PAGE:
Ring the bell, school’s in session

Self-described “political guru” Scott Milfred offers us “a quick lesson” today on the  Wisconsin State Journal editorial page. It’s a lesson about political partisanship, which he flogs approximately once a month, and which he always, always, always measures as equal within the Dems and the Repubs.

Worthless punditry regularly opens up this same can of dogfood, and apparently there’s some audience for it, since it does get served regularly.

Dogs’ll eat some nasty stuff — we’ve got the pictures to prove it — but so will low-information readers and voters. If they hear it enough, they’ll start repeating it.  Politics is worthless, the gummint can’t do anything right, and politicians are all the same.

This will be their entire understanding of how the public sphere works, and then they will be well qualified to stand at the end of some geezer bar, repeating their one-paragraph of worthless cynicism to anyone who will listen.

Or, if stars mis-align, they might become a columnist at the local newspaper.

But back to Milfred’s “quick lesson”.  Please read the editorial if you have time to burn, but it boils down to this breathless discovery — both D’s and R’s, have, at various times, spoken both in favor of and against certain tax credits which are somewhat different but at least sound kind of similar. Boy howdy, that’s an insight!  What’s more — you’re not gonna believe this — the R’s and D’s favor the idea more when their own party is proposing it, but oppose it more when the other party offers it.

Now that is a lesson for us neophytes. Could anyone other than the WSJ’s own “political guru” have schooled us better?

Answer: Oh, fer cryin’ out loud…. First of all, the editorial’s examples are about political speech. In societies that enjoy any form of democracy, opposing parties will talk this way.  One says, “there’s cause for optimism,” and the other says, “we believe that’s over-optimistic.”  It’s talk. It’s normal. It’s predictable. It’s OK. Yes, it might be hypocritical claptrap. Human beings — all of us, not just the pols — are masters of hypocrisy, often crippled by our own self-interests.  Good observers try to point out the claptrap.

What matters is doing things. Passing laws, eliminating laws, changing them.  In this, our D’s and R’s want to do different things. They want to serve different constituencies — yes, often insufficiently different constituencies; yes, often hand-in-hand with lobbyists pushing wheelbarrows of money — but there are differences that affect almost everything from infant mortality to childhood poverty to education to health and well-being for oldsters. R’s and D’s do propose to do different things.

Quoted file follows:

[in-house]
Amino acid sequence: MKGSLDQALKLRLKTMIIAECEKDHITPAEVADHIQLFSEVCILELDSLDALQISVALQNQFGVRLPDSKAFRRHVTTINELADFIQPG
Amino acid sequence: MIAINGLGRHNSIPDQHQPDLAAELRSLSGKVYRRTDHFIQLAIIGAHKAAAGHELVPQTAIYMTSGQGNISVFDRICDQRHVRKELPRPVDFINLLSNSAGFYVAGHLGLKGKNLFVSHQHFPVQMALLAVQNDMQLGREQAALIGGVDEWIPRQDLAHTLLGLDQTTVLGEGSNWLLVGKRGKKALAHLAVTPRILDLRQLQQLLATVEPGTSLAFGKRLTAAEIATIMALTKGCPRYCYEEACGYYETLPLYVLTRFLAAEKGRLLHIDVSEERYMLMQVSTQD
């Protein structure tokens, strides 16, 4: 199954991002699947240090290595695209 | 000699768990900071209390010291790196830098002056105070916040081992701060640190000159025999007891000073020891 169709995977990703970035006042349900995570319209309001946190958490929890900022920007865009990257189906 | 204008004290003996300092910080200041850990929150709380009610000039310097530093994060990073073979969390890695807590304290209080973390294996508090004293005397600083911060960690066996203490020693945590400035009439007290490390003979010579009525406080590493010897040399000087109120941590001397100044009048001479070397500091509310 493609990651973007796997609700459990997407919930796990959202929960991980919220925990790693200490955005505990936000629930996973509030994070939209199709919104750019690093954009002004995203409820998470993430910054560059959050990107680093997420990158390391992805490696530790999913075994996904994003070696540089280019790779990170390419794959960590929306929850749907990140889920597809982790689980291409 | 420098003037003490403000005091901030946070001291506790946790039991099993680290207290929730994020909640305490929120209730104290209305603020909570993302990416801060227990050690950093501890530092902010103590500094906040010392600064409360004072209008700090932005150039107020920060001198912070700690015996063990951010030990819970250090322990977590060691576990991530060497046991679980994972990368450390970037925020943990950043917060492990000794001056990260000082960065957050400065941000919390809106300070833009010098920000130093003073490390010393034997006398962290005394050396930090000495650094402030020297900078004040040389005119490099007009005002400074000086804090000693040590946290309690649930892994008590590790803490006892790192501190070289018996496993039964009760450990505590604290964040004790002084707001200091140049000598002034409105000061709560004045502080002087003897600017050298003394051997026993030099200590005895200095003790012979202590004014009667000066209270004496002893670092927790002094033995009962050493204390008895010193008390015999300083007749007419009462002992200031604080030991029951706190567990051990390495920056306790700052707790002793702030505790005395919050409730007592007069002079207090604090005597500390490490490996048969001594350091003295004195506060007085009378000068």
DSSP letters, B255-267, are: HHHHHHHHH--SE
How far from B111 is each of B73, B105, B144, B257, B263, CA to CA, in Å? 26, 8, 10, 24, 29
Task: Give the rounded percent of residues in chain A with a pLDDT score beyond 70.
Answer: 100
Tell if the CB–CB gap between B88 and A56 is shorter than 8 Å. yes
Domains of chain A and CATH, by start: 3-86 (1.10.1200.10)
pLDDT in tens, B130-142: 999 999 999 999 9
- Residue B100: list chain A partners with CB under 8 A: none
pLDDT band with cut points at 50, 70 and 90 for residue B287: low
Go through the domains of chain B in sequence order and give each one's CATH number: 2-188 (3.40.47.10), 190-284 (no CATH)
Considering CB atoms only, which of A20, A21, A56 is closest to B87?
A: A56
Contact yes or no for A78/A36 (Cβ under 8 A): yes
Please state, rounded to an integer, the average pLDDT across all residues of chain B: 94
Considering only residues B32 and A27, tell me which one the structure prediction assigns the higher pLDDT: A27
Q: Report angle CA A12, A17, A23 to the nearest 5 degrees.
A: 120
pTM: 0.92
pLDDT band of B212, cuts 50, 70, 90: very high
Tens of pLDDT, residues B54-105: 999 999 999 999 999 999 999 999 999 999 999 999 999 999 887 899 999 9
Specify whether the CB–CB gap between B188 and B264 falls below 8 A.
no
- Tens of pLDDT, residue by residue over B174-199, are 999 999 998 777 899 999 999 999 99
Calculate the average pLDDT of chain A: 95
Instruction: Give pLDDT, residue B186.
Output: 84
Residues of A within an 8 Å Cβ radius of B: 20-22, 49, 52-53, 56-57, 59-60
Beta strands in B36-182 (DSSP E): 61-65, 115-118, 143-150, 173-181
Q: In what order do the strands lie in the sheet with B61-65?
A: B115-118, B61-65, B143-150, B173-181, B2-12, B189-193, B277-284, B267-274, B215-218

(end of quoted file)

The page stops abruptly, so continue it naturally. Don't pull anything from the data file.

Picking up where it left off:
They do oppose each other’s efforts. Folks back home want that. They demand it. Describing this as “partisanship” is not helpful.

Voters oppose other voters. Industries oppose other industries. It’s a real contest with winners and losers. Even when a change is blocked, when something does not change, someone wanted that no-change outcome, and someone has won as someone else lost.

To grump, as this editorial does, that “politics trumps progress again” is a childish misunderstanding of what’s going on in our politics. What “progress” do we agree upon? There’s deep division in America.

A functioning editorial page would help readers understand what opposing political parties want to do, who would benefit, who would lose.  Indeed — for ordinary people — this is (or would be) the benefit of reading the thoughts and analyses of a good editorial page.

The world will always have geezers standing at the end of geezer bars, griping about the imaginary ‘old days’, and ‘partisan wrangling’, and ‘nothin’ gettin’ done’. It’s bar talk. It’s not exactly enlightened, or enlightening, but it’s OK.

It would be swell if our public information systems were much better at counteracting this chatter, but it’s never been job #1. They’re corporations trying to profit and survive. Selling ads is far more critical to their existence than delivering thoughtful analysis applied to complicated issues.

Do  we have huge swaths of the public, almost whole regions of the country, where people seem to know nothing in specific, trading only in no-nothing cynicism and empty memes, of which “partisanship” is a constantly recycled golden oldie? Seems like! Is the cure for that found on the Wisconsin State Journal editorial page? Sadly, no, it is not.